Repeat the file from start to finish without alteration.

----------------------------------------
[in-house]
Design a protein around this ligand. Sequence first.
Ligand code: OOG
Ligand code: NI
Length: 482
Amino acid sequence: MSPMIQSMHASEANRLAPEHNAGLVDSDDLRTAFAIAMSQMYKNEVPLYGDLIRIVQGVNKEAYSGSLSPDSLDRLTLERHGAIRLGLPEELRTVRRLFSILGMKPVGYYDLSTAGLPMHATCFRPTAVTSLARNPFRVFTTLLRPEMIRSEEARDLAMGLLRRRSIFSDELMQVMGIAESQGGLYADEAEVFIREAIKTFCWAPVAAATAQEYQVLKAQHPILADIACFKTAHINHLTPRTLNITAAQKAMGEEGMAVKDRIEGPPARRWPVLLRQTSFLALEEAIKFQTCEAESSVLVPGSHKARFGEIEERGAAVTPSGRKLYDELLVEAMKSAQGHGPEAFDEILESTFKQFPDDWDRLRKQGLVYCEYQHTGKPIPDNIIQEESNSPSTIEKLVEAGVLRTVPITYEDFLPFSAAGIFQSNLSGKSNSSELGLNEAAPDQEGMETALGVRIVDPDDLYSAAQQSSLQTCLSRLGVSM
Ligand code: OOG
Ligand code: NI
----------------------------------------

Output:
[in-house]
Design a protein around this ligand. Sequence first.
Ligand code: OOG
Ligand code: NI
Length: 482
Amino acid sequence: MSPMIQSMHASEANRLAPEHNAGLVDSDDLRTAFAIAMSQMYKNEVPLYGDLIRIVQGVNKEAYSGSLSPDSLDRLTLERHGAIRLGLPEELRTVRRLFSILGMKPVGYYDLSTAGLPMHATCFRPTAVTSLARNPFRVFTTLLRPEMIRSEEARDLAMGLLRRRSIFSDELMQVMGIAESQGGLYADEAEVFIREAIKTFCWAPVAAATAQEYQVLKAQHPILADIACFKTAHINHLTPRTLNITAAQKAMGEEGMAVKDRIEGPPARRWPVLLRQTSFLALEEAIKFQTCEAESSVLVPGSHKARFGEIEERGAAVTPSGRKLYDELLVEAMKSAQGHGPEAFDEILESTFKQFPDDWDRLRKQGLVYCEYQHTGKPIPDNIIQEESNSPSTIEKLVEAGVLRTVPITYEDFLPFSAAGIFQSNLSGKSNSSELGLNEAAPDQEGMETALGVRIVDPDDLYSAAQQSSLQTCLSRLGVSM
Ligand code: OOG
Ligand code: NI